By Jeanne Sager
CALLICOON June 11, 2002 Ginny Guglielmone hit the nail right on the head.
Watching more than 270 tractors mosey down Main Street in Callicoon Sunday afternoon, Guglielmone searched for words to explain the mystique of her hometown and its unique traditions.
I love it, she said. Its true Americana.
The tractor parade has become a tradition in the hamlet after six years of local residents shining up their riding lawnmowers and their big Farmalls for a trip down memory lane in Callicoon.
Guglielmone and husband Tito now bring their friends, Grace and Harvey Bass of Pennsylvania, to the parade each year. The couple comes into town for a special visit each year just as the parade is ready to get under way, and the Guglielmones are more than happy to drive them down for the event.
I havent missed one yet, Ginny said.
The event has truly become a family affair. Some gather on the sidewalks to watch, while others get into the spirit with their own machines.
The Cucci family, one of the many entourages represented this year, rolled down the street with seventh-grader Brett leading the way in a big yellow machine, his fourth grade brother Nicky following in a shiny green John Deere and his dad, Richard, bringing up the rear on his tiny riding mower.
Richies got the tiny one, yelled out one spectator.
He gave the kids the one with the rollbar on top, another laughed.
And Kim Rosenberger, driving down the street on her own mower, dragged a hitchhiker down the street a friend on a skateboard had grabbed hold of her seat for a free ride.
It was a time for a community to come together with a Callicoon Volunteer Fire Department pancake breakfast kicking off the morning at the Delaware Youth Center and a chicken barbeque closing out the day at the Youth Center, residents came out to eat, drink a beer with a friend and wave to the expert drivers on the tractors.
Onlookers lined Main Street on both sides, filling the sidewalks, the restaurants and the shops to watch the procession. Others claimed a prime spot on Audley Dorrer Drive to sneak a peek at the drivers.
After attending the mornings dedication of a flagpole in the Callicoon Creek Park, the Guglielmones walked up to Main Street to stake a prime spot.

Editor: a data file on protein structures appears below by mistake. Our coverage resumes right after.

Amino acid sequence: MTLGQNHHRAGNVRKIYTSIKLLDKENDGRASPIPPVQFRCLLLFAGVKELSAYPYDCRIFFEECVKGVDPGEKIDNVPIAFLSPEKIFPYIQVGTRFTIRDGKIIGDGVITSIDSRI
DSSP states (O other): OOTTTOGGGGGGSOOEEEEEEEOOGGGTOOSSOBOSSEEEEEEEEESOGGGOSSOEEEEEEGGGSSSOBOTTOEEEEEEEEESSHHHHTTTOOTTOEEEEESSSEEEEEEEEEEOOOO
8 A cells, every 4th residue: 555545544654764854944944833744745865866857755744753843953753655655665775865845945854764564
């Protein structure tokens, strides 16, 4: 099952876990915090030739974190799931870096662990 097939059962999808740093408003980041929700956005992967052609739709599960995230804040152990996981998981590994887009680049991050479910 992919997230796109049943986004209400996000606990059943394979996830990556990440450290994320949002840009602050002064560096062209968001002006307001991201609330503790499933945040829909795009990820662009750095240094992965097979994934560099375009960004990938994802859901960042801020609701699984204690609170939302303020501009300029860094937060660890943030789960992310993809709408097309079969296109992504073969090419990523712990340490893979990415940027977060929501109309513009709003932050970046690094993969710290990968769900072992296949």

The dedication was beautiful, Ginny Guglielmone said. All of this is what Callicoon is all about.
Esther Lyman who lives in Queens said she never got to take in the tractor parade before.
She owns a home in Lookout, Pa., and in the past shes tried to head out for the city early on the morning of the parade.
Ive heard once youre here, youre here for the day, she said of the traffic jam on Callicoons main streets. But this year we took Monday off so we could watch the tractor parade, and its great fun.
Lyman has never been on a tractor, she confessed, but she figured she might be able to talk one of the farmers into letting her hop on for a ride.
The tractor parade has been a rousing success since it began six years ago. The first procession had approximately 40 tractors, but the visitors were so impressed they came back, many bringing some of their own machines to show.
John Back and Carol Roig of Barryville were attracted by the old tractor theme. Back has his own vintage 1949 farm machine, and the couple loves to check out other antiques.
When we first came, we thought thered maybe be about 20 machines, Back recalled. There were over 100.
The couple hasnt missed one since.
Its a good way to show support for Callicoon, Back noted.
And maybe one day hell pull a trailer along behind his car on the trip to Callicoon and slip his tractor into the line rolling down Main Street.